Who Ate My Pumpkin Pie?
By Michelle Jeter
“Somebody ate my pumpkin pie!” Conversation stopped and heads turned. Our Egyptian friend Hassan pointed to the end of the dining room table. “It was right there, and now it's gone!”
Everyone was nibbling slices of pumpkin pie that Grandma and I had baked the day before. Relatives, neighbors and international students filled the house and spilled out to the back patio at my family's big Thanksgiving celebration. Plates of turkey, mashed potatoes and cranberry sauce had already been scraped clean.
“Wasn't me!” “I didn't eat it!” Heads shook in response to Hassan's announcement of the missing pie. No one claimed responsibility.
Maybe it was ME, I thought. I tried to remember how it could have happened. I had been in and out of the kitchen, serving food and clearing away dirty dishes. It's quite possible that I had picked up his plate by mistake. I started feeling guilty. I must have eaten it.
“Um, Hassan... I think I ate your pie,” I confessed. “I'm so sorry.”
Hassan looked at me in exaggerated shock. “YOU ate my pie? I didn't think you would do such a thing.” He pretended to be hurt.
“Don't worry,” I responded hurriedly, “I think we have one more piece in the kitchen.” Gladly accepting my offering, Hassan told me all was forgiven. But I was thoroughly embarrassed and ashamed. How could I have done that? I berated myself inwardly. I should have noticed that it wasn't my plate.
Forking a generous mouthful, Hassan grinned mischievously. “Mmm-mmm! This sure is delicious. Almost as good as the first piece!”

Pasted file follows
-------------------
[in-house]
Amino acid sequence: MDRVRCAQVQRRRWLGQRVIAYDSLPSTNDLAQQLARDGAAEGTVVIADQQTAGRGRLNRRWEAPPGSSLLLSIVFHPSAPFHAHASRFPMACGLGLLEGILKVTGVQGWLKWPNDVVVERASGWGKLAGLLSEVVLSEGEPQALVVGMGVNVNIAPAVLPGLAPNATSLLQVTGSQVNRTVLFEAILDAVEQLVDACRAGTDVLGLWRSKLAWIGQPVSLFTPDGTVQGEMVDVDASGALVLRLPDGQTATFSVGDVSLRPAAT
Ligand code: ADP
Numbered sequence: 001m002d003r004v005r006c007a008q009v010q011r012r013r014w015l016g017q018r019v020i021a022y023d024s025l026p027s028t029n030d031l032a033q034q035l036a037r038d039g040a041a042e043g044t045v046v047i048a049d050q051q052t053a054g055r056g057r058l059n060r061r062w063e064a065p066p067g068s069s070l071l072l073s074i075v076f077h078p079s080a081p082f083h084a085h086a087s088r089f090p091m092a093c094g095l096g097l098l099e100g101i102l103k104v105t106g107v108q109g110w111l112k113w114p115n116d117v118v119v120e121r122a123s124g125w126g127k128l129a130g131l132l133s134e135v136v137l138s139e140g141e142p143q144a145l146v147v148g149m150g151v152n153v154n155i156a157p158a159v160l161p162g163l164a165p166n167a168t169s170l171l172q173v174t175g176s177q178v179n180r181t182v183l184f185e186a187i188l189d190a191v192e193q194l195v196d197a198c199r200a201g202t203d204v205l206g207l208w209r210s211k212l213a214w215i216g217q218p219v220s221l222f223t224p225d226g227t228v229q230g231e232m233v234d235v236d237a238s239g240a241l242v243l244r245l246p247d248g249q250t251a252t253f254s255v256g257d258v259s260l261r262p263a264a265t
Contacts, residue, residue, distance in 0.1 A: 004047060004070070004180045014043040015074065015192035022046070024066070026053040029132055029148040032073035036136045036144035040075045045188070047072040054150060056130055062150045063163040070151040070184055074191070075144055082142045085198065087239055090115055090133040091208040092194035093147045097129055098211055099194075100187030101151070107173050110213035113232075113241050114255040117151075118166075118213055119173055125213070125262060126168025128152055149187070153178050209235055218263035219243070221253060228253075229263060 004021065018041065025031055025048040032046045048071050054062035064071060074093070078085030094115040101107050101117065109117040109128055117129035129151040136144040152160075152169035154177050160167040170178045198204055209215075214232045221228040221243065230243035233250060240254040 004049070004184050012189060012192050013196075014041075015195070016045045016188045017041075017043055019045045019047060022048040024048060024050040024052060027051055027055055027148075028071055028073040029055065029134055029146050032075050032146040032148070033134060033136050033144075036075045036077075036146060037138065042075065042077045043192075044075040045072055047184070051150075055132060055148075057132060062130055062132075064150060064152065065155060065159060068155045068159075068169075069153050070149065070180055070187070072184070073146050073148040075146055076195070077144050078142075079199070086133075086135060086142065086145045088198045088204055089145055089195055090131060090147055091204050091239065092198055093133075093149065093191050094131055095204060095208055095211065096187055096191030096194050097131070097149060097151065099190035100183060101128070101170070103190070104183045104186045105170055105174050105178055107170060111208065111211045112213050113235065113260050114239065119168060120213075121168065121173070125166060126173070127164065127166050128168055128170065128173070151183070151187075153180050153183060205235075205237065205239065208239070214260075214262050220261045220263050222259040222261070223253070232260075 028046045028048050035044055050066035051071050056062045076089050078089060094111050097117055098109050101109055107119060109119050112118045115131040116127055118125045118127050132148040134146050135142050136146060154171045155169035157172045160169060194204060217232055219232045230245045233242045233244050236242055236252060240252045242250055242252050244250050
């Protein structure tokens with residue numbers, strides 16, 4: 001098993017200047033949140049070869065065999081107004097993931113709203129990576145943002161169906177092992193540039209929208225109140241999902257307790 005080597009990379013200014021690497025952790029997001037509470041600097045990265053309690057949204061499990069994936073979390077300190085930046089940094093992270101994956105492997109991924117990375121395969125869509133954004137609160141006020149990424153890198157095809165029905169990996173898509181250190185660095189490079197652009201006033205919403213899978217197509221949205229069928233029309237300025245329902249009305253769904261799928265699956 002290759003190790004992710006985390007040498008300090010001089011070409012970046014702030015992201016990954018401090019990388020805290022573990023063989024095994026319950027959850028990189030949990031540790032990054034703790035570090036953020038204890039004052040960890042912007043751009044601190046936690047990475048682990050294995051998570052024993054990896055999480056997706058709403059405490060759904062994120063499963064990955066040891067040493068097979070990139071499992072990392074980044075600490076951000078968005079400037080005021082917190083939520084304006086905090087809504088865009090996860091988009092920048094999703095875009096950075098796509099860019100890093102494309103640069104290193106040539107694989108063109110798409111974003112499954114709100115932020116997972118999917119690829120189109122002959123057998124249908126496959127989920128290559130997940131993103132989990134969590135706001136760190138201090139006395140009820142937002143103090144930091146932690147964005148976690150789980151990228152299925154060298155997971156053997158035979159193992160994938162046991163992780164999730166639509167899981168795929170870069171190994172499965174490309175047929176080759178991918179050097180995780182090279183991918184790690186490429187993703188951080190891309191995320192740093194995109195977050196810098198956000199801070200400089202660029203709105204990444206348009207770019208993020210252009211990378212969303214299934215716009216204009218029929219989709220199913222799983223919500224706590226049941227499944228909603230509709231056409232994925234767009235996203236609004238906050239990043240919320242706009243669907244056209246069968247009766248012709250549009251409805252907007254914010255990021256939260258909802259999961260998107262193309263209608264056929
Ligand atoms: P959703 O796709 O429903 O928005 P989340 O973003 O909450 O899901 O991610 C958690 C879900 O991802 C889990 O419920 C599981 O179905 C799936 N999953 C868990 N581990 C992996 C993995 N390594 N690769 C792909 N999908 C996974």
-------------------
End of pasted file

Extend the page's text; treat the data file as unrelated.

He laughed at my confused look. “Nobody stole my pie,” he admitted slyly. “I ate it myself. But it was nice of you to take the blame so I could get another piece!”
I could feel my face flush as the truth sunk in. I had actually convinced myself that I was responsible for something I hadn't done. I had accepted the blame and made myself feel guilty unnecessarily.
“Guilt is sort of like spiritual cholesterol,” writes Dr. James Bradford in his article Good Guilt, Bad Guilt. “There is the good kind and the bad kind.”
The difference, says Bradford, is hope. II Corinthians 7:10 states,
“Godly sorrow brings repentance that leads to salvation and leaves no regret, but worldly sorrow brings death” (NIV).
“Worldly sorrow” is the bad kind of guilt. It leads to condemnation, shame and despair. But “godly sorrow” is the good kind of guilt – when the Holy Spirit convicts us of sins we have committed. Godly sorrow leads to repentance and restoration.
Do you feel guilty for things that you don't need to feel guilty about? Is your guilt stemming from conviction or condemnation? You don't have to suffer under condemning thoughts. Romans 8:1-2 affirms,
“So now there is no condemnation for those who belong to Christ Jesus. And because you belong to him, the power of the life-giving Spirit has freed you from the power of sin that leads to death.”
Receive that life-giving Spirit and be free of the “bad guilt” today!
Michelle Jeter © 2011, printed with permission
Can God change your life?
God has made it possible for you to know Him and experience an amazing change in your own life.
Discover how you can find peace with God.
You can also send us your prayer requests
A graduate of Regent University’s School of Education, Michelle Jeter has lived in Asia, Europe, and Latin America. Now based in Virginia Beach, Michelle writes for Fresh Start about forgiveness and freedom in Christ at www.freshstartforallnations.wordpress.com.
Log in or create an account to post a comment.
CBN IS HERE FOR YOU!
Are you seeking answers in life? Are you hurting?
Are you facing a difficult situation?
A caring friend will be there to pray with you in your time of need.